He brought so much joy to the world as part of the successful Australian music group Men At Work. But Greg Ham’s sudden and suspicious death is causing unfortunate headlines around the world.
The music star was found dead by friends who let themselves into the Canning St property in Melbourne yesterday morning, when he did not answer the door. He was 58.
Det. Senior Sergeant Shane O’Connell said of the death, “There are a number of unexplained aspects to it which has caused our attendance here today, and we’re assisting the local detectives to determine what has occurred.”
His bandmate, Colin Hay has spoken out in disbelief over Ham’s sudden death.
“We played in a band and conquered the world together,” a devastated Hay said. “I love him very much. He’s a beautiful man.” Hay recalled their first meeting and their journey to pop superstardom.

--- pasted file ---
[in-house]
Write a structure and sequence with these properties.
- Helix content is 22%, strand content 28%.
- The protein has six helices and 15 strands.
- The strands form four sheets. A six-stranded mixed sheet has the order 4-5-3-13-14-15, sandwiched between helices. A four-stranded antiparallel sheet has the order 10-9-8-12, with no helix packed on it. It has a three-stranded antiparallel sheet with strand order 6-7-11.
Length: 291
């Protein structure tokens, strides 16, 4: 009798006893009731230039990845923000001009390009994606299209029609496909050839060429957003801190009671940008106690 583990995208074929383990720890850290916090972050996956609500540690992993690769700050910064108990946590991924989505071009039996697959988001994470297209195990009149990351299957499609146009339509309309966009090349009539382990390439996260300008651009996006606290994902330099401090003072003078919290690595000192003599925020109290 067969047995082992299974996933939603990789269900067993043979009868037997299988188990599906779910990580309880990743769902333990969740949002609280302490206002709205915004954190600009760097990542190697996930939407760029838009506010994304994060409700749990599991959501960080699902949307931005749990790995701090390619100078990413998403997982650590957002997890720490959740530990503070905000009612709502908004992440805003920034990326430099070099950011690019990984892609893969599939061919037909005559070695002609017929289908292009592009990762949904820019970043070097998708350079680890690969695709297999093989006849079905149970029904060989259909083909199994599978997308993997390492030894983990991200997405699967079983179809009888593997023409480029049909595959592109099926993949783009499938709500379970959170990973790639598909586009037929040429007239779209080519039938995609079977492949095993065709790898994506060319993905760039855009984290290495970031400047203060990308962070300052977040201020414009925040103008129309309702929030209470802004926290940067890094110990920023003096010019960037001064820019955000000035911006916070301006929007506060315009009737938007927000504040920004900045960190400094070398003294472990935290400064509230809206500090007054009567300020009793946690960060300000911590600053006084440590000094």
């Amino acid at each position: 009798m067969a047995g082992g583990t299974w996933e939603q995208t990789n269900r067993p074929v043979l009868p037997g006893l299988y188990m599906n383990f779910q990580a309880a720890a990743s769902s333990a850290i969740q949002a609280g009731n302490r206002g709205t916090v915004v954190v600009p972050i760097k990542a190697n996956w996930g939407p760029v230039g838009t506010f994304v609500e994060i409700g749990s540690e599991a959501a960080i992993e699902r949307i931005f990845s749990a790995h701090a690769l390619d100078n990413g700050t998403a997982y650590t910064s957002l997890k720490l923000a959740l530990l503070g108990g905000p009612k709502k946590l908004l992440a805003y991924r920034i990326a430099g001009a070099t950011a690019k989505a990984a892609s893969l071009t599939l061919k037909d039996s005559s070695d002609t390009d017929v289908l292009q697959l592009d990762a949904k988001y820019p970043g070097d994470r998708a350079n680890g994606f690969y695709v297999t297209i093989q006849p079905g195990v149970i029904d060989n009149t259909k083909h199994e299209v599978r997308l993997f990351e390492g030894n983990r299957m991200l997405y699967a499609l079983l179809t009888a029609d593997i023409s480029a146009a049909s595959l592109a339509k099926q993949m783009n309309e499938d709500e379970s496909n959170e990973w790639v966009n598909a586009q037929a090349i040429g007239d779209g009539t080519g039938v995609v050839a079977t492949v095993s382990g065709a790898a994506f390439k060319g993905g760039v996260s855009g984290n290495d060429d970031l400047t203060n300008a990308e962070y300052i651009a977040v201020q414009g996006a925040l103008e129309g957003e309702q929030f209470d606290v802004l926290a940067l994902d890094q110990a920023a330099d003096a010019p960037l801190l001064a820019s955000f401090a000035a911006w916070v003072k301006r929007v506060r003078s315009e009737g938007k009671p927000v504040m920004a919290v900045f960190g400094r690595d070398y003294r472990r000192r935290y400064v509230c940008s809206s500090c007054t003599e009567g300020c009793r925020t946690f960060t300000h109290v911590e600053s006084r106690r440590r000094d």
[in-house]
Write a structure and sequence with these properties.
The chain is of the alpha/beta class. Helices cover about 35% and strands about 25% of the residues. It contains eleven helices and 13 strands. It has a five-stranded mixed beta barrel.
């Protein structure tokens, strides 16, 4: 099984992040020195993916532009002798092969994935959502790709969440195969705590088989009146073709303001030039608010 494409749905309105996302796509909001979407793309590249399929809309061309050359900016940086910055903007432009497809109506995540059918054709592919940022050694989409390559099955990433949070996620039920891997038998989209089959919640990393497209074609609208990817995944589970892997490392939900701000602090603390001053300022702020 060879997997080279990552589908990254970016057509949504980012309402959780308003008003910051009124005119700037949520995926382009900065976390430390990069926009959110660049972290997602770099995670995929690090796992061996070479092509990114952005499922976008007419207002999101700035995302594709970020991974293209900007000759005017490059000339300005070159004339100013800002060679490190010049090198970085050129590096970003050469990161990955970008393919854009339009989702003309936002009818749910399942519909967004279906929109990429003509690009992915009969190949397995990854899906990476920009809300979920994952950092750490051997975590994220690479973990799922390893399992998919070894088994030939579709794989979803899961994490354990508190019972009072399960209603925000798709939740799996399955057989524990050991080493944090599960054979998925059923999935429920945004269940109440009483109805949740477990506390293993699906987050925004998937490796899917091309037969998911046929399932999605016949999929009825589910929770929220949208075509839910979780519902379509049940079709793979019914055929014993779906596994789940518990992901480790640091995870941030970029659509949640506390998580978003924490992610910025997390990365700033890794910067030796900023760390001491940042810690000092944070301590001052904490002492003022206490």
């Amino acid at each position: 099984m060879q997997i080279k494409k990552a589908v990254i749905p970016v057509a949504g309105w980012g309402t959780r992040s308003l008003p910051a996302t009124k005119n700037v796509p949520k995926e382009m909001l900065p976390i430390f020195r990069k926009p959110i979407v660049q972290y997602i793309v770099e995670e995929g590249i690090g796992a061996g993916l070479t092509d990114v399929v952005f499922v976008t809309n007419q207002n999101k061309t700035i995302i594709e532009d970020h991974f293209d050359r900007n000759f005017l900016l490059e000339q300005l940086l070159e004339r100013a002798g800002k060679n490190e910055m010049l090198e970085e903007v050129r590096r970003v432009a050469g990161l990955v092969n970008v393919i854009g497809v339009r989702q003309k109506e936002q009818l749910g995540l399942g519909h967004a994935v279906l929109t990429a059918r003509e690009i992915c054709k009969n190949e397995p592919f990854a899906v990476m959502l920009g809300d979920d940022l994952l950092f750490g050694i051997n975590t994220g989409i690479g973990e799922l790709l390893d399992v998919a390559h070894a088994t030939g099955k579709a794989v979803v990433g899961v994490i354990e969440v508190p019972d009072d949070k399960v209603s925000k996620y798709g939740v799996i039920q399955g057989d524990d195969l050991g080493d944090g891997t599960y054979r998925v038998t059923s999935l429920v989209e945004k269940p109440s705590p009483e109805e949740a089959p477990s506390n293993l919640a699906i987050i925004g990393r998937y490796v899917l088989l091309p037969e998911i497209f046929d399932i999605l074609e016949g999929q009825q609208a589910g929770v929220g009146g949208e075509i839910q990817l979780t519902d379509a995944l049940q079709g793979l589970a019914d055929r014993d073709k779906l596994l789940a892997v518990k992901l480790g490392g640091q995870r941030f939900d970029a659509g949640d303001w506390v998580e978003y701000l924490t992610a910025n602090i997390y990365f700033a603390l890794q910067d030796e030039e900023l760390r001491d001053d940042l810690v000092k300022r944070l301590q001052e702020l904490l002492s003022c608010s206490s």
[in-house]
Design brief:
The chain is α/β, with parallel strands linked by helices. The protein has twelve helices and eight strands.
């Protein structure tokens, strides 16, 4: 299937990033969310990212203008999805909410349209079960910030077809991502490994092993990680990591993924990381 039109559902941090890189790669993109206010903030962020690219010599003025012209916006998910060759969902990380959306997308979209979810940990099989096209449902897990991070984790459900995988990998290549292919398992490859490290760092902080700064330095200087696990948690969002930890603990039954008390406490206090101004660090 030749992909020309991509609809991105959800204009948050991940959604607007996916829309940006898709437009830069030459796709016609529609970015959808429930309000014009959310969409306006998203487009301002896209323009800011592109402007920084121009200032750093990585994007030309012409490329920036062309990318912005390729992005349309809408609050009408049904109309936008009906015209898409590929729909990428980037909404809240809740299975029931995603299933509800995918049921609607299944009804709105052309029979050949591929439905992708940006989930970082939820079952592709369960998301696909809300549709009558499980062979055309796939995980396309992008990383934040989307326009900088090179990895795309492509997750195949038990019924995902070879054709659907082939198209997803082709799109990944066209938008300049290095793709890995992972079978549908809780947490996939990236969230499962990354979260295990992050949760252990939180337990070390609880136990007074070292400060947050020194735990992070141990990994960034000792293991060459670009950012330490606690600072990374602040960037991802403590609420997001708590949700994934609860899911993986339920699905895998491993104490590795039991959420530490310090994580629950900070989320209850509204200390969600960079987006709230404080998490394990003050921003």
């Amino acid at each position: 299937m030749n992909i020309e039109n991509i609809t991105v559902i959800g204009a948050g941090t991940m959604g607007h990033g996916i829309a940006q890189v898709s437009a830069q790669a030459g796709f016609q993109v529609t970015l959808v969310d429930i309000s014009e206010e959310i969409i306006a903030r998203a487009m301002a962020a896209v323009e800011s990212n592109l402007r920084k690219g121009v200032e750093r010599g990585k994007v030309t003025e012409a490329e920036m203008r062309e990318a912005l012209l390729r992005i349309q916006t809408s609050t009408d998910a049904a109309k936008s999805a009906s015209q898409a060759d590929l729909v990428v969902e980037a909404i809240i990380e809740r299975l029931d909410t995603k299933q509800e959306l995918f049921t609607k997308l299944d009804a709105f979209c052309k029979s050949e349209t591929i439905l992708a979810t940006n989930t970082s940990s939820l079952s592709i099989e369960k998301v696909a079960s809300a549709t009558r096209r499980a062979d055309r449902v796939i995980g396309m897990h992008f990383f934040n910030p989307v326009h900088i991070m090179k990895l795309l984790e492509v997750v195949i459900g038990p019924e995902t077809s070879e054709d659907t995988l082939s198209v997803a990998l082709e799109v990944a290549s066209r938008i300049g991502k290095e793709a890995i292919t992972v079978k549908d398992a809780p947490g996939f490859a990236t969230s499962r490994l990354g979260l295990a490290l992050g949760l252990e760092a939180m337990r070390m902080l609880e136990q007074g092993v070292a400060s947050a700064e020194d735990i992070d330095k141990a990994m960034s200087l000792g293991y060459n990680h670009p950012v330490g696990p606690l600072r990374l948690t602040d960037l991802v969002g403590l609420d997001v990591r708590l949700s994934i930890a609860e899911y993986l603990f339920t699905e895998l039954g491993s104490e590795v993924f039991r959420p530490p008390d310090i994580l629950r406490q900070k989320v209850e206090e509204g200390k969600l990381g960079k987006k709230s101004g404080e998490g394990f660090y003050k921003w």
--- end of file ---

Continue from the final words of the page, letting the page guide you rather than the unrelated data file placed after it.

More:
“I met Greg Ham 40 years ago at (comedian) Kim Gyngell’s house in 1972. Last year of high school. He had blond hair, rosy cheeks, ridiculous bright eyes.
“He was sharp. We were friends from then on, we liked each other.”
A local bartender Cathy told the Herald Sun that Ham was a “beautiful man” who would drink tequilas with beer chasers at the Kent Hotel.
“I’m a bit gobsmacked,” she said. “He was a local identity, everyone knew him.
“Greg would have tequilas and beers and sleep on the bar and I’d take him home.
“He was beautiful and we used to have some awesome chats. He was eccentric.”
Men at Work – for which Ham played sax, keyboard and flute – scored such hits as “Who Can It Be Now” and “Down Under.” Last October, the group lost a protracted copyright suit that claimed their riff for “Down Under” came from a familiar local nursery rhyme, “Kookaburra.”
He was said to have been depressed over the legal action